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Edited by Patrizio Bianchi and Sandrine Labory
Chapter 10: State-Owned Enterprises, Privatization and Industrial Policy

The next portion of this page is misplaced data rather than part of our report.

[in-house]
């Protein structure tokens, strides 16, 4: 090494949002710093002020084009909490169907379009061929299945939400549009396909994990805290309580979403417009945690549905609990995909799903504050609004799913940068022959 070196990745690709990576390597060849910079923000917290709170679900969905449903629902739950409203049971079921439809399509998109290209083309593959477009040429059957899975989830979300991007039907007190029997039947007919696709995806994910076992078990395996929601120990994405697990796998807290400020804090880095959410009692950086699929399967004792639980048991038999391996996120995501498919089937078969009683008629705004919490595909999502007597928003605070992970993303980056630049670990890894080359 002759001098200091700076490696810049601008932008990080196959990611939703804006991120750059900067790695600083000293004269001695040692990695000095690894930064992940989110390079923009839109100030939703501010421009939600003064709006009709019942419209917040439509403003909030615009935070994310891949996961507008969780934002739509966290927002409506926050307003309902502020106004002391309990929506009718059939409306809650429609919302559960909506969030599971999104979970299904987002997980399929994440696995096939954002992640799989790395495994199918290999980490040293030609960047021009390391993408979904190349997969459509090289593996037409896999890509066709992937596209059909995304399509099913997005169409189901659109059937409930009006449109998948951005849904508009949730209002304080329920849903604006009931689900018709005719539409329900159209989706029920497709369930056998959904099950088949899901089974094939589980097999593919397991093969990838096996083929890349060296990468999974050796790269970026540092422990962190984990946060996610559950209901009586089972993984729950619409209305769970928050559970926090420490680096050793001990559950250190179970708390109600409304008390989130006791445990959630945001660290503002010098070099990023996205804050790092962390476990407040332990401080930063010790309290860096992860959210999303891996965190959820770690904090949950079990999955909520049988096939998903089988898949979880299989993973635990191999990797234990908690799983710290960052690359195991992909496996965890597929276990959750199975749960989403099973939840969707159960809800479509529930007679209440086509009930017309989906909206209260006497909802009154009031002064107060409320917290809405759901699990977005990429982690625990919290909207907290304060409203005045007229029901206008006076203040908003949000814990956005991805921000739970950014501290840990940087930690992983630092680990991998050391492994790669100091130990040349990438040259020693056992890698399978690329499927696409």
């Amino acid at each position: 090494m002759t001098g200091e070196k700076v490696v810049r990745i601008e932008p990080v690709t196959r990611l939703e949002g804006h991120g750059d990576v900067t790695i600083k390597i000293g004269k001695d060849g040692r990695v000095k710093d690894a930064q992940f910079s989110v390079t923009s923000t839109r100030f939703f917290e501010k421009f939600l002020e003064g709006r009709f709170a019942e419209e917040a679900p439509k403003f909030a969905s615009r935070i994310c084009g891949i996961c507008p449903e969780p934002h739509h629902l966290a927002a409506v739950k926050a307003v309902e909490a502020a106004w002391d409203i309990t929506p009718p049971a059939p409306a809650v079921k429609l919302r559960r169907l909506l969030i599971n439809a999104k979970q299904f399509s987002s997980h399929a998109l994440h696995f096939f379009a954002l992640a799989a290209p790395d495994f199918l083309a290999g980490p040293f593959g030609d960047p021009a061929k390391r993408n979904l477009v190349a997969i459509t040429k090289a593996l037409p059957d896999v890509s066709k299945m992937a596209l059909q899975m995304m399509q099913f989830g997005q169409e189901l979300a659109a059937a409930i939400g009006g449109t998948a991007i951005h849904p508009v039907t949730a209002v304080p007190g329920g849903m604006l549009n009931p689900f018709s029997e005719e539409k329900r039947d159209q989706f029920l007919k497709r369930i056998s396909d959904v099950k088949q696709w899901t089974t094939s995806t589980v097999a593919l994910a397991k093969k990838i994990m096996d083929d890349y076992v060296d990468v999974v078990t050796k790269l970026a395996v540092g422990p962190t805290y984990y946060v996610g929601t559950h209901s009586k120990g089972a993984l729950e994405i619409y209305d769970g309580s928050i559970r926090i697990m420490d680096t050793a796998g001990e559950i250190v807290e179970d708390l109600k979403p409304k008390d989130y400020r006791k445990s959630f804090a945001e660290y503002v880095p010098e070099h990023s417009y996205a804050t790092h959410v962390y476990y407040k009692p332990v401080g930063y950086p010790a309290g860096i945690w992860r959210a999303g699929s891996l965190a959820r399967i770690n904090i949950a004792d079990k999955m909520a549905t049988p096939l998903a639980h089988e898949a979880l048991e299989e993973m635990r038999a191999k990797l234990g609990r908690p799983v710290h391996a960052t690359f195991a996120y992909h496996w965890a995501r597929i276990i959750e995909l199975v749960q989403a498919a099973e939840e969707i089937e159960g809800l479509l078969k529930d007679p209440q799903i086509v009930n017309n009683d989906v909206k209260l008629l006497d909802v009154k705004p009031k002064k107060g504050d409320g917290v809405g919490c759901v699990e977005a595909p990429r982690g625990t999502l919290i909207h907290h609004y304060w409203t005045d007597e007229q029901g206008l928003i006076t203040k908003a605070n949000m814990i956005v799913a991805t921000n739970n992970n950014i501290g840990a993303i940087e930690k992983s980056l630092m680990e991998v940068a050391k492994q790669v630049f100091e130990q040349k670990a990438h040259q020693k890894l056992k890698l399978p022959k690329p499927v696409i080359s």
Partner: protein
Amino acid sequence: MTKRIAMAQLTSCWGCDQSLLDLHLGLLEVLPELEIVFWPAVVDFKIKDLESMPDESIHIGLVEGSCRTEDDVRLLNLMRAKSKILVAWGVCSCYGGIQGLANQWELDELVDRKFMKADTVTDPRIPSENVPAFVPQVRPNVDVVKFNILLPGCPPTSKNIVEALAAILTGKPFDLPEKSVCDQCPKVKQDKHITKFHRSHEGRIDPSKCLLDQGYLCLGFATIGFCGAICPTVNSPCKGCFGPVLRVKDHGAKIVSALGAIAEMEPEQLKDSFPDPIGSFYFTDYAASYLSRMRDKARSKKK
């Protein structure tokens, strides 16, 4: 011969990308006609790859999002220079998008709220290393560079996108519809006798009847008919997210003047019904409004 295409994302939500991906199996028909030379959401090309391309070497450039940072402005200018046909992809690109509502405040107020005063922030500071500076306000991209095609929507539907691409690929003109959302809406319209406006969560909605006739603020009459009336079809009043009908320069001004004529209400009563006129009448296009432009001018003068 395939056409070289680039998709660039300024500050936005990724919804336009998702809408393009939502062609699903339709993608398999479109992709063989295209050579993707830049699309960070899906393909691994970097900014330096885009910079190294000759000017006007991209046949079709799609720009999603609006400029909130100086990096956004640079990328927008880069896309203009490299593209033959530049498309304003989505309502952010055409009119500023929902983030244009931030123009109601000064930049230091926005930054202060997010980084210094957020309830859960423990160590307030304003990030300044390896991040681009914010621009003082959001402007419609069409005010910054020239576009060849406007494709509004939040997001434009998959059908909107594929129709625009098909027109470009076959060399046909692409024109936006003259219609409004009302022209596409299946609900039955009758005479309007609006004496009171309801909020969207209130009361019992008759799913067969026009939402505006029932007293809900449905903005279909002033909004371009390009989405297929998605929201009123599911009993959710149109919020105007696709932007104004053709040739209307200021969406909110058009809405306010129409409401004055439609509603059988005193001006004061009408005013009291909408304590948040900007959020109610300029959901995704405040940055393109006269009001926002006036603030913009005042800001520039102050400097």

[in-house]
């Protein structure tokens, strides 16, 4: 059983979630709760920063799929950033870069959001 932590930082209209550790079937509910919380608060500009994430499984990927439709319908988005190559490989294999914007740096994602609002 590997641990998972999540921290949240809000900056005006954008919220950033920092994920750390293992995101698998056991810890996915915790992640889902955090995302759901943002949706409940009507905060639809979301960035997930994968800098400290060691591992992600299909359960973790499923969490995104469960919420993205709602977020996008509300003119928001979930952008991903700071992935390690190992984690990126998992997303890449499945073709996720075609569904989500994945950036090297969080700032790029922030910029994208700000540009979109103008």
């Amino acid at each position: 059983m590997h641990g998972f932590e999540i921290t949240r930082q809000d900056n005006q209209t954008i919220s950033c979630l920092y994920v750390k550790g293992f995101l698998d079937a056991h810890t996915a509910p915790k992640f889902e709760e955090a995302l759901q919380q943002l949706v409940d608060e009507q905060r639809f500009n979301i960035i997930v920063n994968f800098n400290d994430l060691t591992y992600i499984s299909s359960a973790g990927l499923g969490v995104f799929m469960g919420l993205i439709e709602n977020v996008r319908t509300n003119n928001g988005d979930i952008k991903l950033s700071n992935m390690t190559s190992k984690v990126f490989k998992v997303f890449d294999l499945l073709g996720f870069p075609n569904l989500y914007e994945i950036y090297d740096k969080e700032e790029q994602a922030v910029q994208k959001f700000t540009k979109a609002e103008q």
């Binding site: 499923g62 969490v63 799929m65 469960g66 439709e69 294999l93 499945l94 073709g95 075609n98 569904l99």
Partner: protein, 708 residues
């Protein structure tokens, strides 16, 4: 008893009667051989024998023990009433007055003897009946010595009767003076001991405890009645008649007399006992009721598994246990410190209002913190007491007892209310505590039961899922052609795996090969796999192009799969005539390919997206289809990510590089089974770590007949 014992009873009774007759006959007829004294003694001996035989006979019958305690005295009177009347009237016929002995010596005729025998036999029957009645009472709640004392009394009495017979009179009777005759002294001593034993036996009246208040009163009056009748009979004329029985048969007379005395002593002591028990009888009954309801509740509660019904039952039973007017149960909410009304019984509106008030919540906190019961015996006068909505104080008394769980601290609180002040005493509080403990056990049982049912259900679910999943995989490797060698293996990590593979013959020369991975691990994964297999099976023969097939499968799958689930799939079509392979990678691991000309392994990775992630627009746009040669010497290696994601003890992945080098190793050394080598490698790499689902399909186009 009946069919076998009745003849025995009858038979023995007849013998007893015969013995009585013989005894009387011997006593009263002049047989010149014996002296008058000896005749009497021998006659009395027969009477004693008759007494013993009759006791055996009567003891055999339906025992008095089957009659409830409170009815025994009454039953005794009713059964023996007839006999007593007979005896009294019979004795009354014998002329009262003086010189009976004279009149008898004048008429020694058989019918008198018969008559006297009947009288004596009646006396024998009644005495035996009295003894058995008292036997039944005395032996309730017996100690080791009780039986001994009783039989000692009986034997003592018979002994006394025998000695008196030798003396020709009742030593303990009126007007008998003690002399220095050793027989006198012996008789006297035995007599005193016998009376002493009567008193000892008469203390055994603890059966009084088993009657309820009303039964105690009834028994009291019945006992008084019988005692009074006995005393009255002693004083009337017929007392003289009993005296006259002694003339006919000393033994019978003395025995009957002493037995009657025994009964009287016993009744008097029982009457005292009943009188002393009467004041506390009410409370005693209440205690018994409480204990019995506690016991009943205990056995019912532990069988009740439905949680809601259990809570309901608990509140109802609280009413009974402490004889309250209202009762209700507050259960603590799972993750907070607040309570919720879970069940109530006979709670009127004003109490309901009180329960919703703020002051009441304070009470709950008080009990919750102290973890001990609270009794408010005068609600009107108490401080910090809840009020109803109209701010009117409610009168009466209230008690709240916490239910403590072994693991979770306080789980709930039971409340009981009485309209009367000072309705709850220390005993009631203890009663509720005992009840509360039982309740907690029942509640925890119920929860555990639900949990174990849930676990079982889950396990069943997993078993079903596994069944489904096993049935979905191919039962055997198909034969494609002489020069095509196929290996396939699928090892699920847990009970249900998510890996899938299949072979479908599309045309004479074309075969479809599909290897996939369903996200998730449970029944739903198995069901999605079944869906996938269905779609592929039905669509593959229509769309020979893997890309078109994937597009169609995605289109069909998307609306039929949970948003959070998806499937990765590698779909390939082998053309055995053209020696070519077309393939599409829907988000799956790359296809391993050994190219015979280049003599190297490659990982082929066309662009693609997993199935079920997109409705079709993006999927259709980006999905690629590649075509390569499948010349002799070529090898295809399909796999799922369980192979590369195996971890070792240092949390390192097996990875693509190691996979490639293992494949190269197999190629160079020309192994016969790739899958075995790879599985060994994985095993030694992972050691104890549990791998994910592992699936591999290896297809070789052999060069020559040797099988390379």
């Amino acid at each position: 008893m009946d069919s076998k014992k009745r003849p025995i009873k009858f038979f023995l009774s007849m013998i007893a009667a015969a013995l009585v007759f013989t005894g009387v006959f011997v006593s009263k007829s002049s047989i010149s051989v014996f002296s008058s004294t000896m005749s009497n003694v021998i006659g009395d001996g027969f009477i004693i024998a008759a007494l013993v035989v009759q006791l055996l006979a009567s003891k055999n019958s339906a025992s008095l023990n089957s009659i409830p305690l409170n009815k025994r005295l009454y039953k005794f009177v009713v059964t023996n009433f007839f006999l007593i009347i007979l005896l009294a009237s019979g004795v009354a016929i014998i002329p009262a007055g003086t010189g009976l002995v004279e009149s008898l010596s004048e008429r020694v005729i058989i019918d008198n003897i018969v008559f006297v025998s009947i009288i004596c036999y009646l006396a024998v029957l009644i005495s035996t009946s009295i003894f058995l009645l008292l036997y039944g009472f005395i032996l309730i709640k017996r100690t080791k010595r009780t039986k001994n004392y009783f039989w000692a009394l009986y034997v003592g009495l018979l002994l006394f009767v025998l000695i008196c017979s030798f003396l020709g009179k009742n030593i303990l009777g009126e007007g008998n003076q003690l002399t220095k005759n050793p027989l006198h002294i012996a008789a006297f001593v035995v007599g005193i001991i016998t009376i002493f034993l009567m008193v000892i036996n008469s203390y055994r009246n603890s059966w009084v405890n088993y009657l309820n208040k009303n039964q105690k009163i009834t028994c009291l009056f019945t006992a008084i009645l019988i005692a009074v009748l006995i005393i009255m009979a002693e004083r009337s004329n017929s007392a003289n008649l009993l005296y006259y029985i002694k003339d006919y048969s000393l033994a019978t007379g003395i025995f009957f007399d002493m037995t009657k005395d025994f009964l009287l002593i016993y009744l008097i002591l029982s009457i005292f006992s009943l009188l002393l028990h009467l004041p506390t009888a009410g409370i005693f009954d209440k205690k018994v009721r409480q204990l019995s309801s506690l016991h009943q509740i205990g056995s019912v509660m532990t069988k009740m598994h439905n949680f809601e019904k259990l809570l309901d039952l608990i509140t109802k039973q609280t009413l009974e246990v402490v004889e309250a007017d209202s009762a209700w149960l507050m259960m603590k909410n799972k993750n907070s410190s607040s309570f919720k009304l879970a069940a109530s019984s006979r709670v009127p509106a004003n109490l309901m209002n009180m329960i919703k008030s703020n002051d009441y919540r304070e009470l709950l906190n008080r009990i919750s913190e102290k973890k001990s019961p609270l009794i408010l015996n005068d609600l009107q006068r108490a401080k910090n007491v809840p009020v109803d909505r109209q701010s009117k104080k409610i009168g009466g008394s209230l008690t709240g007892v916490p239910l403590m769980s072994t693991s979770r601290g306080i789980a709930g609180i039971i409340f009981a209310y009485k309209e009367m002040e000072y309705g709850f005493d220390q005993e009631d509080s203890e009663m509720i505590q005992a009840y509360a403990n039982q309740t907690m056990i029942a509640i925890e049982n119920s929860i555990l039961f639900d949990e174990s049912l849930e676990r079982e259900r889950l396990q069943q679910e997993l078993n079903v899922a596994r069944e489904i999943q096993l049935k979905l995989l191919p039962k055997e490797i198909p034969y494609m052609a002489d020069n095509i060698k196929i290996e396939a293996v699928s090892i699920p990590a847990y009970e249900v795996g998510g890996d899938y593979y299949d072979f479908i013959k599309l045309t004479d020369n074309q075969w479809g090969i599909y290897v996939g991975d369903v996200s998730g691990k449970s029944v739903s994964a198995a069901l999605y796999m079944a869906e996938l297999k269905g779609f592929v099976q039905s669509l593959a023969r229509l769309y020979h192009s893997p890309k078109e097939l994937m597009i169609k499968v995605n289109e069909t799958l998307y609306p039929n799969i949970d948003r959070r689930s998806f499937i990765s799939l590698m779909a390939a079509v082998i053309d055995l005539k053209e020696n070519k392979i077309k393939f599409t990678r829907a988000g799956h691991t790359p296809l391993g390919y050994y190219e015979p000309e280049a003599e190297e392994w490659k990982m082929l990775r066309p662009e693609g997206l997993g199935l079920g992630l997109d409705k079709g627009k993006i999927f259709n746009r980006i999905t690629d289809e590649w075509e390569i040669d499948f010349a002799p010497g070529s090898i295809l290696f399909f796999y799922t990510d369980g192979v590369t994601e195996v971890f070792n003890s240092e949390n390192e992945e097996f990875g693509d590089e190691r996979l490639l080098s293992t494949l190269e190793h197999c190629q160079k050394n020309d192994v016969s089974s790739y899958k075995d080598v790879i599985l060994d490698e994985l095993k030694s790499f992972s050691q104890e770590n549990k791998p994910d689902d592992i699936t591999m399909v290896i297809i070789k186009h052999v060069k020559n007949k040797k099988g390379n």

Andrea Goldstein Introduction This chapter critically assesses alternative explanations of state ownership as a tool for industrial policy.1 It provides indirect evidence on the role that state-owned enterprises (SOEs) have played in the economic growth process of selected OECD and non-OECD countries, on the motives that have underlined the pendulum switch towards privatization, on the conditions under which SOEs have been sold, and on the consequences of this policy choice. In order to highlight major outstanding issues, a separate sub-section presents a rapid analysis of current issues in the case of France, a country that has consistently used state ownership and divestiture as a major tool of microeconomic, and indeed macroeconomic, policy. The links between market structure and eﬃciency, on the one hand, and the perceived diﬀerences between domestic and foreign ownership, on the other hand, are stressed. State ownership in economic development State ownership has characterized most market and, a fortiori, planning economies in the 20th century (Toninelli, 2000). Financial, strategic, political and technological reasons have been advanced to justify either the nationalization of existing private-sector ﬁrms or the ex novo creation of SOEs. Wars, in particular, played a major role in explaining the rise of state ownership: the Spanish Civil War, World War I for Germany, World War II for Italy and the USA, States nationalized to increase output and secure self-suﬃciency in certain key industries, or to stimulate investment and employment when the end of war left redirected resources unemployed. State ownership of utilities,...
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